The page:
Pork and Sauerkraut for the New Year [RECIPE]
You’d think since I’m German that I’d have learned of eating pork and sauerkraut on New Year’s Day through my mom or grandma, but my family isn’t really big on traditions like that, so I never even knew it existed until I lived in Pennsylvania.
This tradition of eating pork and sauerkraut on New Year’s day is both German and Pennsylvania Dutch and the story goes like this:
A Pennsylvania Dutch tradition says that it’s good luck to eat pork for the new year because pigs forage forward for their food and don’t look back. In years past, food in the larder for winter was the equivalent of prosperity. Having a hog to slaughter and pork to eat at New Year’s meant a family would have food for the winter months. Because cabbage is a late fall crop, the most efficient way to preserve it for the winter was by turning it into sauerkraut. Brining cabbage takes 6 to 8 weeks, which means that October kraut would be ready to eat just as the new year was arriving.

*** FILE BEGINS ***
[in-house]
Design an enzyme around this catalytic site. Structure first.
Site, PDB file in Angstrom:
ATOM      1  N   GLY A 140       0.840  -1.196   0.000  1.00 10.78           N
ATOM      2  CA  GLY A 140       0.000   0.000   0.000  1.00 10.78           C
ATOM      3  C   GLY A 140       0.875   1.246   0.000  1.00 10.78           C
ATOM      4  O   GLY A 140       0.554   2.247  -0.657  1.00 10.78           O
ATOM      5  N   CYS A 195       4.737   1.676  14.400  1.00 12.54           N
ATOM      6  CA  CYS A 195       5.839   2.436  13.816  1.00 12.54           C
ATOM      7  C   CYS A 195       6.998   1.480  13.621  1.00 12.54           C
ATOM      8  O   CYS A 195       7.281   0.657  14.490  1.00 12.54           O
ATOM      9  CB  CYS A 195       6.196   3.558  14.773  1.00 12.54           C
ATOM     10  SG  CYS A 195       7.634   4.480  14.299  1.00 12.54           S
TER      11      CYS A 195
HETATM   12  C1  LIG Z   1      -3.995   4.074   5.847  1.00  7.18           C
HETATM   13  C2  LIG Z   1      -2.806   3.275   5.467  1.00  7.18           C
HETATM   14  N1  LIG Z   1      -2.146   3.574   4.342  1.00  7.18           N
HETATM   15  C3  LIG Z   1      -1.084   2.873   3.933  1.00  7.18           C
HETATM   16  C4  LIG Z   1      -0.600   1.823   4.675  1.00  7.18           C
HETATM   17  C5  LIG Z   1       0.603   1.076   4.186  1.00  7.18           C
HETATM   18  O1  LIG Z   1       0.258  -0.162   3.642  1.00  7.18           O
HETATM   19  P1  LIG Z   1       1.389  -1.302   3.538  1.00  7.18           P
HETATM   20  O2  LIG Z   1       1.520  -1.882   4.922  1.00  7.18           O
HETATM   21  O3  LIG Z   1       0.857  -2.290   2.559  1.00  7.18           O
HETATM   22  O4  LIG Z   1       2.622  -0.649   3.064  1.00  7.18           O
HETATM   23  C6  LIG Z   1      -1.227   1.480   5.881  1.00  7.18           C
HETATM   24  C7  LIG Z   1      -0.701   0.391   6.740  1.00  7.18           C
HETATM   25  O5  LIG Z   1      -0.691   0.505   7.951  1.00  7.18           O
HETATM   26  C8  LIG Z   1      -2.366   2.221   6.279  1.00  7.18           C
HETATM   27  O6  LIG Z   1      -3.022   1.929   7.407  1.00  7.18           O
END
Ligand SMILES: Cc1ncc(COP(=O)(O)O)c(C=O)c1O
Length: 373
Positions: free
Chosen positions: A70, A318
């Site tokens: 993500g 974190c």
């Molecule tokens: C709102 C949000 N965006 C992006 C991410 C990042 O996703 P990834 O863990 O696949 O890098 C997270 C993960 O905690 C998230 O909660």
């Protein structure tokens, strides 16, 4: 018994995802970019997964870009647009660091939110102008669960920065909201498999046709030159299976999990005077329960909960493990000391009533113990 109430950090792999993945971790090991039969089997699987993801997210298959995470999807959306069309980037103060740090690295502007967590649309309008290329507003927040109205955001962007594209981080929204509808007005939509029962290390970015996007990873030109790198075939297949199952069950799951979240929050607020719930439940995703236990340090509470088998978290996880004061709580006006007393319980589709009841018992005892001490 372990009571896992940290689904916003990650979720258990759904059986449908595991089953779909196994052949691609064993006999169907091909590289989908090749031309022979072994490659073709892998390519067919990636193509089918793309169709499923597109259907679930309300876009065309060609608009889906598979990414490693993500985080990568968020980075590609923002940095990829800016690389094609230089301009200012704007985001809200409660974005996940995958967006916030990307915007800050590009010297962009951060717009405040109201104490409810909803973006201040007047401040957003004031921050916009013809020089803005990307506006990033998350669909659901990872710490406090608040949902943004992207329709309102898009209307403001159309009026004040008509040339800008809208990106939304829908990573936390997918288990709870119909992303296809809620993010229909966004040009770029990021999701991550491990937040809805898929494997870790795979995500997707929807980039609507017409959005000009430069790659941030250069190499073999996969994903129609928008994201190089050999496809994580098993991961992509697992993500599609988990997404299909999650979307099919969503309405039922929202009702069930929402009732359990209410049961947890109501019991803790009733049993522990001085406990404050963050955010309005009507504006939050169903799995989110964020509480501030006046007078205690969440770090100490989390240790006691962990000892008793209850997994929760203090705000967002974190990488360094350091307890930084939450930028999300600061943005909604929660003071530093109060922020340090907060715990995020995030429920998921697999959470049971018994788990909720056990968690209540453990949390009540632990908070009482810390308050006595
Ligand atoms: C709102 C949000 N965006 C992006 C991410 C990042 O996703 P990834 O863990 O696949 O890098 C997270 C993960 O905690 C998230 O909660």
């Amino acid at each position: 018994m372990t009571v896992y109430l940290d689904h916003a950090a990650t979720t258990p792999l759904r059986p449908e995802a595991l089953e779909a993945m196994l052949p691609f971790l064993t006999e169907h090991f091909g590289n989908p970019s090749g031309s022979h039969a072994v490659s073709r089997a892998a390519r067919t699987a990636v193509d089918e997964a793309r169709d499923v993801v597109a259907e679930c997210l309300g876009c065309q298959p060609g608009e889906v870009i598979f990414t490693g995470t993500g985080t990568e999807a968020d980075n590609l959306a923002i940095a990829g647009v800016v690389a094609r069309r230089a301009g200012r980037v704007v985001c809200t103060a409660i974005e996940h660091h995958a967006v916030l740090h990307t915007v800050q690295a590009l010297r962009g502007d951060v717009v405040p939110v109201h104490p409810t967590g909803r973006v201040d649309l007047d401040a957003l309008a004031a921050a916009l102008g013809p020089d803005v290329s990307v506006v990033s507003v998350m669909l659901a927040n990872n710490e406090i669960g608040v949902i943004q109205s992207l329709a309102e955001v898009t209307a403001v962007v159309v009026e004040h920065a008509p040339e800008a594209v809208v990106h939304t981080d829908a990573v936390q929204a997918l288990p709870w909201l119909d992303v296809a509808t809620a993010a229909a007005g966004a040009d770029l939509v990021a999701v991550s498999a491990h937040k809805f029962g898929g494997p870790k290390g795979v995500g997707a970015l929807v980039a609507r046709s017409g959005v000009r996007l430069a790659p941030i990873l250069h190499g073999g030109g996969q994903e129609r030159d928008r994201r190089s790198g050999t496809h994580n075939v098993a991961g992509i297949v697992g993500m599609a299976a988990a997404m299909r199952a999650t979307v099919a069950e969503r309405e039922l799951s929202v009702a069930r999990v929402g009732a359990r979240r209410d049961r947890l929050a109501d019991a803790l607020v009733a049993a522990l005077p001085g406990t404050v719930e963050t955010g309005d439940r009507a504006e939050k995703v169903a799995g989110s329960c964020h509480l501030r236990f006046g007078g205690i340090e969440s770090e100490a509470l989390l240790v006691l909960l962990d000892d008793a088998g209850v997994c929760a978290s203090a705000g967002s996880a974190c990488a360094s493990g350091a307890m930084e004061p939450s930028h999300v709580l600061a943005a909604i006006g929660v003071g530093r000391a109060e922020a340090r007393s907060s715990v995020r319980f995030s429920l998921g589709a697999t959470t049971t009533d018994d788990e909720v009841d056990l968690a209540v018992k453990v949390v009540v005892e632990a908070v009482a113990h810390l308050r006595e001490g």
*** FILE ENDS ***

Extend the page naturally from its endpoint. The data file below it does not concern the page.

I love sauerkraut, but sometimes it’s a little bitter for me, so I cook it right with the pork in a slow cooker. That seems to take some of the sting out of it. If you’d like to try starting a new tradition of pork and sauerkraut, here’s my slow cooker recipe:
- 1 pork loin roast
- 1 teaspoon caraway seeds
- Salt and pepper to taste
- 2 cups sauerkraut with liquid (this means- don’t drain it from the package or can!)
- Cut pork loin, if necessary, to fit in the slow cooker. Season with caraway seeds, salt and pepper. Pour sauerkraut over the roast.
- Cook on high for 1 hour, then cook on Low for 5 to 6 hours. Or if you’re cooking it overnight, pop it in the slow cooker on low after the ball drops New Year’s Even and when you get up New Year’s day (8 hours on low in the slow cooker), it’ll be done.